Some of the issues that were presented in this case that relate to human diversity in the criminal justice system are, for starters, the way Judge Lance Ito treated Prosecutor Marcia Clark. Although she was a strong, smart, and capable female prosecutor, she had many times of hardship during this trial. She was highly scrutinized for her every move; from the comments on the shortness of her dress to her changing her hair. Judge Ito was sexist toward Clark, often calling her by her first name. He made a remark after she changed her hair insinuating she looked like a man and made remarks to the jury telling them not to be distracted by the hemline of her dress. Another issue was the racist LAPD officer. He called African Americans a derogatory name multiple times on tape. This is an issue because as an officer it is your duty to protect and serve the people, regardless of ethnicity. Also, the way the jury was selected was an issue. They didn’t want to file in one district because it would have to many white woman jurors and would have more of a chance for a conviction.
Capital punishment is the ultimate form of punishment, which is death. In this case the death penalty was not sought by the prosecution for a few different reasons. One being, most people who get the death penalty have lengthy records of crime. The death penalty is used for people who are not considered human due to the horrific nature of their murder; O.J. was a loved football hero. Also, for the death penalty to be ordered, a killing must fall into one of 19 categories of special circumstances set by the state law. The death penalty pros are that if you commit a crime so horrific, death is the retribution for that crime, it is a tool used to keep the law, it keeps others from committing these kinds of crimes, and it is cheaper than keeping the person in prison for life. A few of the cons to the death penalty are that you may be ending the wrong persons life in some cases, it lowers the moral of society equal to the murderer, and most view the process as inhumane or barbaric.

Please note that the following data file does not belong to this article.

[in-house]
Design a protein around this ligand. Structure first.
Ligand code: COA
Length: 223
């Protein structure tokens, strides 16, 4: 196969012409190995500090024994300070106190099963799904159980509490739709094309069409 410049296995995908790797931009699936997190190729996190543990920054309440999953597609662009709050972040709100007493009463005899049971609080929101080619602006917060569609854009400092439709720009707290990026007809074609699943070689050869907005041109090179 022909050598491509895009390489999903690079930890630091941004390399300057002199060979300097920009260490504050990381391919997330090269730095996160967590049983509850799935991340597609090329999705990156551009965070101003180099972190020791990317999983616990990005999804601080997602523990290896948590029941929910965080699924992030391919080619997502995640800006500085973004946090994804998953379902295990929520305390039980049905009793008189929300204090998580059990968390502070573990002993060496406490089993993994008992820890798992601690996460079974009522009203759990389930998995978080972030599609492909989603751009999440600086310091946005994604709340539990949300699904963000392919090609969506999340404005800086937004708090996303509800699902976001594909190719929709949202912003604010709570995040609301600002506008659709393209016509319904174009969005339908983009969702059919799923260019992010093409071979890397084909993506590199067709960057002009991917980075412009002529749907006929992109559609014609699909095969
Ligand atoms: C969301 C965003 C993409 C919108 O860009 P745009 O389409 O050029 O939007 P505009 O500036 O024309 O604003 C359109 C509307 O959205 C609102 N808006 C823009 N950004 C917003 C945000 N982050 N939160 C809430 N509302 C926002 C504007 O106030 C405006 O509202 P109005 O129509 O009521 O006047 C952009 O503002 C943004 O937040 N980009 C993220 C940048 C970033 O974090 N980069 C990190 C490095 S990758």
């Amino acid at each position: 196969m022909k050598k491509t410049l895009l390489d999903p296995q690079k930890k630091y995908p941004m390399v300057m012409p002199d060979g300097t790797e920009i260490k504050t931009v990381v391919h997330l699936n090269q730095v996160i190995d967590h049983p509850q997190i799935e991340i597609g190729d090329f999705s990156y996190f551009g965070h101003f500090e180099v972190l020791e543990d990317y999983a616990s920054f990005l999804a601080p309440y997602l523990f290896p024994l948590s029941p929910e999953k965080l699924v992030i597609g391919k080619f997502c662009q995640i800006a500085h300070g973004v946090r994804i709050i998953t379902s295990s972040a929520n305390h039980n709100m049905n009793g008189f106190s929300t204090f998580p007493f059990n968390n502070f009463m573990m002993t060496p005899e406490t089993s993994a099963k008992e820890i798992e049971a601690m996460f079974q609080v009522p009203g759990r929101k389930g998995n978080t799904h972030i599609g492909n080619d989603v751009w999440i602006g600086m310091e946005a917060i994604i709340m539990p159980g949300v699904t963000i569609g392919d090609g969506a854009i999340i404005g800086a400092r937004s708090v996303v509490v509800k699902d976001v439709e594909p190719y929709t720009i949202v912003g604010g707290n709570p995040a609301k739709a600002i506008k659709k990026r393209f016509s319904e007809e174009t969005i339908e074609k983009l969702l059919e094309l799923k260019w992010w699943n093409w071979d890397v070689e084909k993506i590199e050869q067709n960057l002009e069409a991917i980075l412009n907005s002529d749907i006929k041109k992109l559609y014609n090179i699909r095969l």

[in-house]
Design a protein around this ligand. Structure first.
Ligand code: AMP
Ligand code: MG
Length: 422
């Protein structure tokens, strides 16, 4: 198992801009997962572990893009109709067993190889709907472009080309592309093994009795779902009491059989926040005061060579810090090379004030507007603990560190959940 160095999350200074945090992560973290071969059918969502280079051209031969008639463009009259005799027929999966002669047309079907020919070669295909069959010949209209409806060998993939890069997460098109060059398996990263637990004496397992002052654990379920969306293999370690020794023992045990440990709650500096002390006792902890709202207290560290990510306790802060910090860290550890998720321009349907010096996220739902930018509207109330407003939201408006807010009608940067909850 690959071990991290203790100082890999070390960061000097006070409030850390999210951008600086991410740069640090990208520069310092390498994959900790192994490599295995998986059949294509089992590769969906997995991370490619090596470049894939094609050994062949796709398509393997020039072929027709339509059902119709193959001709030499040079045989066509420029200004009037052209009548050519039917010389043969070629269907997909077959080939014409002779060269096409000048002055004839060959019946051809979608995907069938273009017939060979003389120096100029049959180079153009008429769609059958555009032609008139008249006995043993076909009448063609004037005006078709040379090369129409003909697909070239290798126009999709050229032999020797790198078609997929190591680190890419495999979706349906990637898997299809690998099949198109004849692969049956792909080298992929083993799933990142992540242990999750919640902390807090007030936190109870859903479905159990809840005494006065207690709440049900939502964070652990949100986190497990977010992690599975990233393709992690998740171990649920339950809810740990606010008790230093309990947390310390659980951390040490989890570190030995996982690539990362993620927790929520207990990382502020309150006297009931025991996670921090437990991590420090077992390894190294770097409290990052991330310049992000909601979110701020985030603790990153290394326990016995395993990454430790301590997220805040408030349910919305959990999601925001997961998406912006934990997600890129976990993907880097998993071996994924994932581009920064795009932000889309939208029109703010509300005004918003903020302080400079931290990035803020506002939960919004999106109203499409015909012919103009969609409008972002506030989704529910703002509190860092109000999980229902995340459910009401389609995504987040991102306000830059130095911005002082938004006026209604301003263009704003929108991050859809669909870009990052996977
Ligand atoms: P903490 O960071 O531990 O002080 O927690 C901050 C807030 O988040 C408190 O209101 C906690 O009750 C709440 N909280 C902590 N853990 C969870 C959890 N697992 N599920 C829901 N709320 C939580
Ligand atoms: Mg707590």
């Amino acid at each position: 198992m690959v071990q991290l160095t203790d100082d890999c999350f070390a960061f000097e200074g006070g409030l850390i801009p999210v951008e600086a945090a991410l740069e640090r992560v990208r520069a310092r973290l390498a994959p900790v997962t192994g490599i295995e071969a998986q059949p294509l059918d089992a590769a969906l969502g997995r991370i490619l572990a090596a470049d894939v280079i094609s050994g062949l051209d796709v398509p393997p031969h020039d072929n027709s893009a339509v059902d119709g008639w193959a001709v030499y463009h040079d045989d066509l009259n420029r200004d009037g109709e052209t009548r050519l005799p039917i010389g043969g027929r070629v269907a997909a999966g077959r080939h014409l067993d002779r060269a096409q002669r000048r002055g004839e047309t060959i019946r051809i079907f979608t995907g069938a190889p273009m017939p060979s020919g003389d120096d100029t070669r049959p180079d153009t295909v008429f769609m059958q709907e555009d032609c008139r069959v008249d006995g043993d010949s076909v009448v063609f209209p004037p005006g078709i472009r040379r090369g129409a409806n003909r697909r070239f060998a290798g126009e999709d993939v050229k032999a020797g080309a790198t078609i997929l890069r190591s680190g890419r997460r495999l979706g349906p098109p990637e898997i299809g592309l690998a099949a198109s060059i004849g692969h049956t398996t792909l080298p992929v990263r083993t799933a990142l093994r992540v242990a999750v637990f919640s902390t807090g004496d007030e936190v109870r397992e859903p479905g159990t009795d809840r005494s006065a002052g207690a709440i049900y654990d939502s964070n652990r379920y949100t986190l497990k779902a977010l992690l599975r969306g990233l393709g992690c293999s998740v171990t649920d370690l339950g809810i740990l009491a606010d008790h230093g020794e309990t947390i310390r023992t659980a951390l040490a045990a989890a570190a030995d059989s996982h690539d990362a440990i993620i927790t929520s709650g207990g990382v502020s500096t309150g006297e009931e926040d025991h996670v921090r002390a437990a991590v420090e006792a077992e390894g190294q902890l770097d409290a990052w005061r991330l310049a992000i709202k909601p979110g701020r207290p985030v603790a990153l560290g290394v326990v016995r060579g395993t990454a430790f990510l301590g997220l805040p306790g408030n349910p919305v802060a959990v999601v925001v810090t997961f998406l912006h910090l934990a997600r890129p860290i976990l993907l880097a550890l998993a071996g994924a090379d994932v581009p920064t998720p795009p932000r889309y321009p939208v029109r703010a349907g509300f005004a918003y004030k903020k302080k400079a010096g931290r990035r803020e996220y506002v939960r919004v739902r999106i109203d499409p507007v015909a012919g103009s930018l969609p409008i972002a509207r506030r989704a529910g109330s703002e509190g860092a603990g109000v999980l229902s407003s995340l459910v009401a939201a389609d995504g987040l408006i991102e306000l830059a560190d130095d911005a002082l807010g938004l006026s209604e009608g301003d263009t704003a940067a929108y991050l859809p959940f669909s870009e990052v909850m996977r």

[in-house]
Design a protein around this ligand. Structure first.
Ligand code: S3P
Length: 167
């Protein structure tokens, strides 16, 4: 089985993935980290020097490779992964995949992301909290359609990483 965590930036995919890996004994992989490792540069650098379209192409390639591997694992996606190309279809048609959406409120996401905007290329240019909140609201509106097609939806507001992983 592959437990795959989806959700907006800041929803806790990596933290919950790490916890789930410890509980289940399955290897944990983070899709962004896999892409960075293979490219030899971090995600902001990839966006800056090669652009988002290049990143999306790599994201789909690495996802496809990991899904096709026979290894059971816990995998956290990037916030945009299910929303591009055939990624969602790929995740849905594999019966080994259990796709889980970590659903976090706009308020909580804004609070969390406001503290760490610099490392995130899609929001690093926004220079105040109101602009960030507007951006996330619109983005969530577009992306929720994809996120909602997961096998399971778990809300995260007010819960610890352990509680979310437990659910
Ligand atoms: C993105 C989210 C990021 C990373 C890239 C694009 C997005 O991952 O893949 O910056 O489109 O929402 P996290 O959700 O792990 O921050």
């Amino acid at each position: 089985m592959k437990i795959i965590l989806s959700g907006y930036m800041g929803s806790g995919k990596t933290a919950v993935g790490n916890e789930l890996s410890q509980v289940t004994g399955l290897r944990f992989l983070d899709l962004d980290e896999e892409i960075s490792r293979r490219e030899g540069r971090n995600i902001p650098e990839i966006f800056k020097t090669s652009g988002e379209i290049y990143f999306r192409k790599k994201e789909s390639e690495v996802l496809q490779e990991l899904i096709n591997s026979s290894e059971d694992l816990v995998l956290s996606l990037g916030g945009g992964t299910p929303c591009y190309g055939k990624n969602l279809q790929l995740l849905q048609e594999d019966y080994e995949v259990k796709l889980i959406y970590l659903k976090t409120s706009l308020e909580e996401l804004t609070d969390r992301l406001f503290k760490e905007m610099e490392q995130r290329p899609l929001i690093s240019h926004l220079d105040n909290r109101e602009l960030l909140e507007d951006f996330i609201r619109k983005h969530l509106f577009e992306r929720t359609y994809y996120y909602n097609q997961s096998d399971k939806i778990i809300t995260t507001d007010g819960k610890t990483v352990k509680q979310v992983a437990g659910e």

The importance of punishment for criminal acts is so others know there are consequences to the decisions one makes. You can not break the laws set in place to provide a safe society and not have a fear of the punishment it comes with. Punishment for crimes has changed in many ways throughout the years. Punishment in the 16th, 17th and 18th centuries were extreme; they would boil a person alive, behead the criminal, burn the person until death, crucifixion, drownings, and hangings. More modern, here in the 21st century in America, the punishment for crime is time spent without your freedom in an air-conditioned cell with 3 meals a day, a bed to sleep on and snacks you can buy. Also, there is parole or probation periods for criminals, for felony charges your rights to own a firearm and to vote are revoked. For the more serious offenses there is the death penalty done by lethal injection. For myself, the most important aspect of punishment is deterrence. It is crucial that a lesson is learned, and the punishment fit the crime. Or else what would be the point? I feel that inmates have it to easy in America. Majority of the time, due to funding, the person is released back into the free world with limited restrictions, there are multiple offenders and even some that would prefer prison because all their basic needs are met. This is unheard of in other countries. They are treated so poorly and so deprived of those basic needs, that the chance of repeat offenses is lower. In my opinion, I feel that restructuring jails and prisons to be more like punishment than a vacation can be effective in deterrence. Then there may not be such a burden on community alternatives, like probation and parole officers, social workers and law enforcement.